Lincoln Plaza
Auditorium, First Floor
400 "P" Street
Sacramento, CA

October 11, 1991
8:30 a.m.



91-9-1 Public Hearing to Consider Amendments to 001
Regulations Regarding the State 24-Hour Ambient
Air Quality Standard for Sulfur Dioxide.

91-9-2 Public Meeting to Consider Research Proposals: 070

**PLEASE NOTE: Item 91-8-2, scheduled to be heard October 10,
1991, was heard today--the SECOND item.

ITEM NO.: 91-9-1

Public Hearing to Consider Amendments to Regulations Regarding
the State 24-Hour Ambient Air Quality Standard for Sulfur


The staff recommends that the Board amend sections 70100 and
70200, and repeal section 70201 of the California Code of
Regulations. These changes would revise the State 24-hour
ambient air quality standard for sulfur dioxide by: lowering the
numerical value of the standard from 0.05 parts per million (ppm)
to 0.04 ppm; changing the basis for determining violations of the
standard to "not to be exceeded" (rather than "equal or exceed");
and uncoupling the standard from the current requirement of
concurrent exceedance of either the total suspended particulate
matter standard or the ozone standard.


Long-term exposure to sulfur dioxide has been associated with
adverse respiratory health effects, including an increased
incidence of respiratory symptoms and disease, decrements in
respiratory function, and an increased risk of mortality from
respiratory or cardiovascular disease. Currently, the 24-hour
sulfur dioxide standard is a combination standard; it is violated
when the 24-hour averaged parts per million (ppm) at the same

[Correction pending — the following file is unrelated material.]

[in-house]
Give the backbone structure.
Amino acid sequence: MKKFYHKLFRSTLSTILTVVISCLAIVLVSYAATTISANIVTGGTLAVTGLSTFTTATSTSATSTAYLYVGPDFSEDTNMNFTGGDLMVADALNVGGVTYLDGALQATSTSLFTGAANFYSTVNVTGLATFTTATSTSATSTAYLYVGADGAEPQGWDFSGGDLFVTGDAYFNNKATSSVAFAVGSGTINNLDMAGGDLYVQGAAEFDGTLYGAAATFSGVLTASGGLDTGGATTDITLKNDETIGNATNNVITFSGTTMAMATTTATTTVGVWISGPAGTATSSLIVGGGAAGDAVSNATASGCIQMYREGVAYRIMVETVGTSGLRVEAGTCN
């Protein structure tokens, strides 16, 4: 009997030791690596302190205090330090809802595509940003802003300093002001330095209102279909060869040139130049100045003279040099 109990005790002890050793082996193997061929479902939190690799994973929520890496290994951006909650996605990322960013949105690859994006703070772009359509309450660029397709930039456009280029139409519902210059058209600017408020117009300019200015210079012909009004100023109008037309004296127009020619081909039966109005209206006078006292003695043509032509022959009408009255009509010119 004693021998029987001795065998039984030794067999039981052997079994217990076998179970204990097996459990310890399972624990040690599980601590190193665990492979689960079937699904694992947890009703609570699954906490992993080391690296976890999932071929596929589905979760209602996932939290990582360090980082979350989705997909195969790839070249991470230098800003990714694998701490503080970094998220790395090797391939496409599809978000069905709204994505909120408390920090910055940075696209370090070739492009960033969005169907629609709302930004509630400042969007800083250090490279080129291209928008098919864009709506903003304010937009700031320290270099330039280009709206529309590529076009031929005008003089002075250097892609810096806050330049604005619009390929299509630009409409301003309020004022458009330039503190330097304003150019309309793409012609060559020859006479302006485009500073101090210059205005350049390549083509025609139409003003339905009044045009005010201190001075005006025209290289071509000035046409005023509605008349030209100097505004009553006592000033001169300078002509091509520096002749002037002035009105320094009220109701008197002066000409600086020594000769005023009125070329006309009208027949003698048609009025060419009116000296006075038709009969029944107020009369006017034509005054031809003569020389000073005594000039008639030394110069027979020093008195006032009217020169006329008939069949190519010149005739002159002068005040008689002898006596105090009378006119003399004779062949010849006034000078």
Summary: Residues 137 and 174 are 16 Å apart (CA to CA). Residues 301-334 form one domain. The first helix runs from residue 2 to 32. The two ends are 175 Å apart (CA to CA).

time as either the oxidant standard of 0.10 ppm (measured as
ozone and not to be equaled or exceeded) or the total suspended
particulate matter (TSP) standard of 100 micrograms per cubic
meter (ug/m3) is violated. The combination standard was adopted
in 1977.

The ARB staff periodically reviews existing state ambient air
quality standards to ensure that they reflect current scientific
knowledge. Staff has reviewed the 24-hour sulfur dioxide
standard and has review the health effects of sulfur dioxide
exposure. The DHS finds that epidemiological studies demonstrate
an association between long-term exposure to sulfur dioxide
(24-hour exposures or longer) and adverse respiratory health effects.
These effects include decreased respiratory function, an
increased incidence of respiratory symptoms and disease, and an
increased risk of mortality. The DHS finds that the data from
the epidemiological studies are adequate to support a 24-hour
sulfur dioxide standard that is not coupled to particulate matter

Based on the data, the DHS finds exposure to sulfur dioxide for
24-hours at or above levels of 0.06 ppm is associated with the
adverse respiratory health effects discussed above (a "low
adverse effects" level). Further, DHS finds that sulfur dioxide
concentrations of 0.04 ppm and below represent a "no adverse
effects" level.

The effects seen in the epidemiological studies were probably not
caused by sulfur dioxide alone; rather, sulfur dioxide serves as
an effective and useful surrogate for other related pollutants
(such as acid, sulfates, or particulate matter) in addition to
itself that occur in polluted atmospheres.

Because of methodological difficulties with the study that
originally supported the combination sulfur dioxide/oxidant
(measured as ozone) standard, the basis for that standard is
weakened, and the staff and the DHS recommend rescinding it.


The proposed changes to the 24-hour ambient air quality standard
for sulfur dioxide, alone, will have no negative environmental or
economic impacts. Ambient air quality standards establish the
maximum allowable levels of air pollutants. Standards should not
be interpreted as permitting or encouraging the degradation of
air quality cleaner than recognized by the standard to the level
of the standard. Specific emission control measures may be
developed to attain and maintain the level of the standard.
Thus, air quality may be improved with corresponding benefits to
the environment and public health and welfare. Since there are
currently no violations of the 24-hour sulfur dioxide standard